Ubaldo Jimenez spoke to the media this morning and reiterated that he didn’t hit former teammate Troy Tulowitzki on purpose yesterday, saying he shouldn’t be suspended.
Jordan Bastian of MLB.com described Jimenez as having “leaned back in his chair inside the Indians’ clubhouse on Monday morning, calmly disagreeing with the notion that a suspension was warranted.”
Asked about the pitch, Jimenez said:
Hit by pitches happen every day in the game. It’s not a surprise that somebody gets hit, especially a guy like him. You have to try to go inside on him. … I said already that I didn’t mean to hit him. It was a pitch that got away. I had five walks in the game. I was everywhere.
Asked about former manager Jim Tracy calling for his suspension and calling it “the most gutless act I have seen in 35 years of professional baseball” Jimenez said:
I can’t control what people say. People act like this is the first time that somebody got hit. It happens in the game. That’s part of the game. It’s always been part of the game.
Jimenez also said he has no plans to apologize to Tulowitzki, who’s day-to-day with a bruised elbow after X-rays came back negative.
Bastian has a lot more on the situation at MLB.com, including some thoughts from Indians manager Manny Acta and further background details.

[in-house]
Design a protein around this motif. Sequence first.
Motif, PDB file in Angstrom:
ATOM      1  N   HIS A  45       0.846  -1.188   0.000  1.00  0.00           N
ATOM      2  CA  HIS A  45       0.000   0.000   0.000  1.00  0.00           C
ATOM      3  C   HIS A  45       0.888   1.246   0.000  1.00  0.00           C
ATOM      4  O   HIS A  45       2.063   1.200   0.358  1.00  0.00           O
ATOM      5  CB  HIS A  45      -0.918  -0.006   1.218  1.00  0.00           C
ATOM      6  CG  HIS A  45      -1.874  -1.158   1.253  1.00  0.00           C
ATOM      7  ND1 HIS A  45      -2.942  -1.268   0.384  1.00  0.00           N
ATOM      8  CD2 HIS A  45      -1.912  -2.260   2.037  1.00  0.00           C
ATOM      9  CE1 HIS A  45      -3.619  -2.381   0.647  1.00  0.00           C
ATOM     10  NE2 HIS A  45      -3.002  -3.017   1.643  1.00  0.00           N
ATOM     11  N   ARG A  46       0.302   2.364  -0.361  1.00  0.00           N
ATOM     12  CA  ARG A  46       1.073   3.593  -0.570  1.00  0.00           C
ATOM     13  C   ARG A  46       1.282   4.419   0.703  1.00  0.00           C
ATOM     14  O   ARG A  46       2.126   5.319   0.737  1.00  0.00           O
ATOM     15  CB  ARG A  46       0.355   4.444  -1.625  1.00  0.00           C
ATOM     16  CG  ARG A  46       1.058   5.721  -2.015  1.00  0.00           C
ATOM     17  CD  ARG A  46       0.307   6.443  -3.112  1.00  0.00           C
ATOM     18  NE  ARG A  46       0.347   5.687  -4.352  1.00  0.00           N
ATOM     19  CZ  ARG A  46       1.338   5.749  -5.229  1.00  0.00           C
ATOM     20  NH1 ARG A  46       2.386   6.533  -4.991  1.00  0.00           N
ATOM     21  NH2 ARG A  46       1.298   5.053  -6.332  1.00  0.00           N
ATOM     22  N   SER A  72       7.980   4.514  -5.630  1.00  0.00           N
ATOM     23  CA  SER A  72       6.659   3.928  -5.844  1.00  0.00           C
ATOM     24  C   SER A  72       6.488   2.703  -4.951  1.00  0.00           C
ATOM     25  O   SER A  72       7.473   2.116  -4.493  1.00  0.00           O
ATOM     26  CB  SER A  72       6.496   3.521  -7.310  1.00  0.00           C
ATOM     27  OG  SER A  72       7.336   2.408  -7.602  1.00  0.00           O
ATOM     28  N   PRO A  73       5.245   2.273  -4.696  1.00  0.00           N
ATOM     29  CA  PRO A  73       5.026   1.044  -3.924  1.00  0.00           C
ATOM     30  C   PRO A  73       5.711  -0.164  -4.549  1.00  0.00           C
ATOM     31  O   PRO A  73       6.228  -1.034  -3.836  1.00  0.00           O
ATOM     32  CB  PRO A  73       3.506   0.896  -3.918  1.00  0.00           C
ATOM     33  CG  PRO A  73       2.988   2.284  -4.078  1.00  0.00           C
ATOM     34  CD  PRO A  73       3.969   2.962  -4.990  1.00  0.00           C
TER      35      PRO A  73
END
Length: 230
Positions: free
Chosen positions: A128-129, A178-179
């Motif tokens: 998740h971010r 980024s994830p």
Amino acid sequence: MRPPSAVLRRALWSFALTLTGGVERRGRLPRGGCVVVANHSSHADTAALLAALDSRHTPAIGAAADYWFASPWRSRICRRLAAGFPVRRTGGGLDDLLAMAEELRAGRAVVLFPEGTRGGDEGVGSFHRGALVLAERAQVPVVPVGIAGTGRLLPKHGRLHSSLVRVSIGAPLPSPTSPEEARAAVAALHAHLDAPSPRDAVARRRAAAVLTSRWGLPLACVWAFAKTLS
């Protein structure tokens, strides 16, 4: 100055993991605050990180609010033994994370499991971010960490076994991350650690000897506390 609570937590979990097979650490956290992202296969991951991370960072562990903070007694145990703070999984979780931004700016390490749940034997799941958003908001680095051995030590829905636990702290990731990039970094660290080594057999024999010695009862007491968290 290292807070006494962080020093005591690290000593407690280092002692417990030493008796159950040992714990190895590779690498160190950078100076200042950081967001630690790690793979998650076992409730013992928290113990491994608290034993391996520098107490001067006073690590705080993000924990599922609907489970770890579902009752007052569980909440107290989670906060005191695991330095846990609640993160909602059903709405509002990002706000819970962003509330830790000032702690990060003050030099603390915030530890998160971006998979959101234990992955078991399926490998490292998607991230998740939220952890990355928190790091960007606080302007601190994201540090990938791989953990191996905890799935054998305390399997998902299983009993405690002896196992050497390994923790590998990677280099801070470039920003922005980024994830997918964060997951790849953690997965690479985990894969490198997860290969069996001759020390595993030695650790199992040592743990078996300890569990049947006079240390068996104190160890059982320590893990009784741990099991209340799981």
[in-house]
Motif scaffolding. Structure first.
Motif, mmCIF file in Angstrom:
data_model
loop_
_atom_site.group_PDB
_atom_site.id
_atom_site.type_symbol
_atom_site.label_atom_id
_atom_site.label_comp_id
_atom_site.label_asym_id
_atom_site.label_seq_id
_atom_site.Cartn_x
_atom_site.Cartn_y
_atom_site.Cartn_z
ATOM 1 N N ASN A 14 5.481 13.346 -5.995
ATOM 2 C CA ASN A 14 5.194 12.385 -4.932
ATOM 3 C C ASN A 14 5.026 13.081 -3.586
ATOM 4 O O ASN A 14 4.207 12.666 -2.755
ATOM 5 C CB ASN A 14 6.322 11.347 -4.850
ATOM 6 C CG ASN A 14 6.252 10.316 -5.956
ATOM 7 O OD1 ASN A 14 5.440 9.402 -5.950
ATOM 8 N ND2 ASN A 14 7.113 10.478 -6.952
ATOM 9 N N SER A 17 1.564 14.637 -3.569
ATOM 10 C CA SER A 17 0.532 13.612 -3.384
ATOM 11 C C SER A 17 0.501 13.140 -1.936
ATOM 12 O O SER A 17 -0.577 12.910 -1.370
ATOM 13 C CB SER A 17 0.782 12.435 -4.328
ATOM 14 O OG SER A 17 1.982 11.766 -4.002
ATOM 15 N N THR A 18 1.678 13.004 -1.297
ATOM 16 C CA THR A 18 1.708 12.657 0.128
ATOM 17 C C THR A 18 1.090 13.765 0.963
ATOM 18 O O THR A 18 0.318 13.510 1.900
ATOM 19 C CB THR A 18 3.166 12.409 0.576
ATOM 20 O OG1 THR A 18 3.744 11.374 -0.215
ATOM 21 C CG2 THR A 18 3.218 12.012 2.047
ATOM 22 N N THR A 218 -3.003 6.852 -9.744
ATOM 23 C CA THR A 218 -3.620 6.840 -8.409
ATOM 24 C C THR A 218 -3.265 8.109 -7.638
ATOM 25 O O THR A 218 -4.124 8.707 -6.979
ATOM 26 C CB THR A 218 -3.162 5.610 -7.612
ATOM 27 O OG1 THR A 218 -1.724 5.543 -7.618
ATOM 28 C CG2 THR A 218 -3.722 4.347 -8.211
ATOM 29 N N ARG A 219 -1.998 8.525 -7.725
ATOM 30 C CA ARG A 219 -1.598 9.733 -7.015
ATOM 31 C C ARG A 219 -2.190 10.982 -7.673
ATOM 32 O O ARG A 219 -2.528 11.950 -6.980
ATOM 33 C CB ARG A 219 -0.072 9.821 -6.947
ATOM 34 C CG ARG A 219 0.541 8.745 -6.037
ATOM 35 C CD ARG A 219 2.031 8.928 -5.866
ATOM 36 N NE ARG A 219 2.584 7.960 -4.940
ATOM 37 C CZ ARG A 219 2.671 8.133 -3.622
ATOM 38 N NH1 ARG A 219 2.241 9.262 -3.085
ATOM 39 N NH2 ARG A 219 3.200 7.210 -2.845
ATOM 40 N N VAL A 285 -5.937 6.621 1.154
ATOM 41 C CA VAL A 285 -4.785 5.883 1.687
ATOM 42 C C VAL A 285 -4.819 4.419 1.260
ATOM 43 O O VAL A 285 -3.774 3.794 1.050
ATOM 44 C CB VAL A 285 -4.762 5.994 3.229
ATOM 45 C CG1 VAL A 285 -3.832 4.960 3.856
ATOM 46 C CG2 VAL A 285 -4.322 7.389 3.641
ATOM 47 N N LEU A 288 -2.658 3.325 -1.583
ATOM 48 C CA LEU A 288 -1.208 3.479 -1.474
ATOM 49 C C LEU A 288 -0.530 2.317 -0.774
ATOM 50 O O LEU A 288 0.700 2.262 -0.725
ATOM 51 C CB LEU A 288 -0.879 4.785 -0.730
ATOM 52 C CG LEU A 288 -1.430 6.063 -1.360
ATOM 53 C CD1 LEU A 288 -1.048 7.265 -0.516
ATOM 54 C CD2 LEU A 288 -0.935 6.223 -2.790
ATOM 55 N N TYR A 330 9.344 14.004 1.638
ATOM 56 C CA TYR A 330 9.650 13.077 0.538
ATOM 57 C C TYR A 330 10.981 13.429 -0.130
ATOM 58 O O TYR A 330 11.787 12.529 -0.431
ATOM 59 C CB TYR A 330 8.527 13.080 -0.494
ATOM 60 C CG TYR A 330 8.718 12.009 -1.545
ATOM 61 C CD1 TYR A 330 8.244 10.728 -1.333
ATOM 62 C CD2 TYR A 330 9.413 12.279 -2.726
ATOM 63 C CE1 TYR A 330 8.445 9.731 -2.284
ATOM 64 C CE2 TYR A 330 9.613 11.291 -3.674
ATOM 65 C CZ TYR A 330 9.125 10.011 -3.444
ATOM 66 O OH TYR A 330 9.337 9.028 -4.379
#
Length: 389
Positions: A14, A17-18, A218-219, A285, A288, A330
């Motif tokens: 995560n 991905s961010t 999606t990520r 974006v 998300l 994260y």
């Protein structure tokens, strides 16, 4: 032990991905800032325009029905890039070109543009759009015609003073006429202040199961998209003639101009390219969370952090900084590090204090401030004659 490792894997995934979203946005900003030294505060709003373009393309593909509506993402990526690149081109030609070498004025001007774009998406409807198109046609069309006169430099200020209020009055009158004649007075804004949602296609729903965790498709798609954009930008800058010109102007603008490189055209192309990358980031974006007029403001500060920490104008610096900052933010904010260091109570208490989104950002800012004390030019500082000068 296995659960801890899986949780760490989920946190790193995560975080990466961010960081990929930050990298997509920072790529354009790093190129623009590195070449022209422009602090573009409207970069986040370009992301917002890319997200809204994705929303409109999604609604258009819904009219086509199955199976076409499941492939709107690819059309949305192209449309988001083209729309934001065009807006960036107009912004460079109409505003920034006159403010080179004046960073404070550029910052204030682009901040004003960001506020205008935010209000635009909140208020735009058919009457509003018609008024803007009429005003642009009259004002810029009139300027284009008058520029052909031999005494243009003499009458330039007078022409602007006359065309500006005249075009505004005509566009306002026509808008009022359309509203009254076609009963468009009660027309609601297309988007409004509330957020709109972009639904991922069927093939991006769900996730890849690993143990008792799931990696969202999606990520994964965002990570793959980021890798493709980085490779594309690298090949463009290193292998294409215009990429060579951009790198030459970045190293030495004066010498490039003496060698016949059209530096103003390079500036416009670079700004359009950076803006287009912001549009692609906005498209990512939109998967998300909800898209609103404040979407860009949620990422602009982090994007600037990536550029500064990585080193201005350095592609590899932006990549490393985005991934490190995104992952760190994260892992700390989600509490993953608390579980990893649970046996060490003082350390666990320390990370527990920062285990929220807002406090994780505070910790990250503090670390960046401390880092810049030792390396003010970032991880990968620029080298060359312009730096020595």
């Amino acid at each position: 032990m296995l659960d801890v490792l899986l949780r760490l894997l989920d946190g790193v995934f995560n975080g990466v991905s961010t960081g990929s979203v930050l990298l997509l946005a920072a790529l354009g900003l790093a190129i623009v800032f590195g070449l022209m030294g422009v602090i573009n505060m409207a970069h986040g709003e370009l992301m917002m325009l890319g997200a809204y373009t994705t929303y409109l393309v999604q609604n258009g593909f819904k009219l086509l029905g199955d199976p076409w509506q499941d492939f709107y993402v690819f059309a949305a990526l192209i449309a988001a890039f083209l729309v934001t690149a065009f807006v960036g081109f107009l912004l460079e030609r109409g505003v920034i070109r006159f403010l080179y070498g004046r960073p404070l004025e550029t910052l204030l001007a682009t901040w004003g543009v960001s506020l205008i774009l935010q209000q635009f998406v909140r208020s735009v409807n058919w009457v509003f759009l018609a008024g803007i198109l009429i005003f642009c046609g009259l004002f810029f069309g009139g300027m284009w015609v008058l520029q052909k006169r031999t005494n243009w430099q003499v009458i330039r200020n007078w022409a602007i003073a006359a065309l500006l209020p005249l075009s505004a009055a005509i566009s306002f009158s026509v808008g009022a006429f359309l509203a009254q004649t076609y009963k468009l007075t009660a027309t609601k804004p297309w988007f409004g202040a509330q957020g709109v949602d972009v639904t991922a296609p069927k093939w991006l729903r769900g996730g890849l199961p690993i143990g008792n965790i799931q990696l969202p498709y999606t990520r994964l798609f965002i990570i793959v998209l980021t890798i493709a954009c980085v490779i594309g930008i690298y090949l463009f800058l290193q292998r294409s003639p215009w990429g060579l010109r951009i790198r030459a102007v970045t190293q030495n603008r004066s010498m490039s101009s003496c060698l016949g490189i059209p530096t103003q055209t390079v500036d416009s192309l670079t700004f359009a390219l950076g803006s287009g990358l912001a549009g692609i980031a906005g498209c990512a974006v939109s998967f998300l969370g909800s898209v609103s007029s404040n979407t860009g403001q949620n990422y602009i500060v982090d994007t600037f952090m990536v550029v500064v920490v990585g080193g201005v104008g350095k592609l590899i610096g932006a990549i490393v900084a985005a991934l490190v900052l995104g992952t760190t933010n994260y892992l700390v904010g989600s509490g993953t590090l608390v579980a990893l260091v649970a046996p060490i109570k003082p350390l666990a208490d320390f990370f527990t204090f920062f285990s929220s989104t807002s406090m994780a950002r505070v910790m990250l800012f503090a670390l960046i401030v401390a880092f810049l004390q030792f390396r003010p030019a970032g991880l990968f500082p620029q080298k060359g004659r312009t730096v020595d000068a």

For the past few weeks we’ve been previewing the 2017 season. Here, in handy one-stop-shopping form, is our package of previews from the American League Central
Do the Indians have a weakness? Do the Tigers and Royals have one more playoff push in them or do they have to start contemplating rebuilds? The White Sox and Twins are rebuilding, but do either of them have a chance to be remotely competitive?
As we sit here in March, the answers are “not really,” “possibly,” and “not a chance.” There are no games that count this March, however, so they’re just guesses. But educated ones! Here are the links to our guesses and our education for all of the clubs of the AL Central:
Kansas City Royals
Chicago White Sox
For the past few weeks we’ve been previewing the 2017 season. Here, in handy one-stop-shopping form, is our package of previews from the National League East
The Washington Nationals crave a playoff run that doesn’t end at the division series. The Mets crave a season in which they don’t have a press conference about an injured pitcher. The Marlins are trying to put the nightmare of the end of the 2016 behind them. The Phillies and Braves are hoping to move on from the “lose tons of games” phase of their rebuilds and move on to the “hey, these kids can play!” phase.
There is a ton of star power in the NL East — Harper, Scherzer, Cespedes, Syndergaard, Stanton, Freeman — some great young talent on ever roster and, in Ichiro and Bartolo, the two oldest players in the game. Maybe the division can’t lay claim to the best team in baseball, but there will certainly be some interesting baseball in the division.
Here’s how each team breaks down:
New York Mets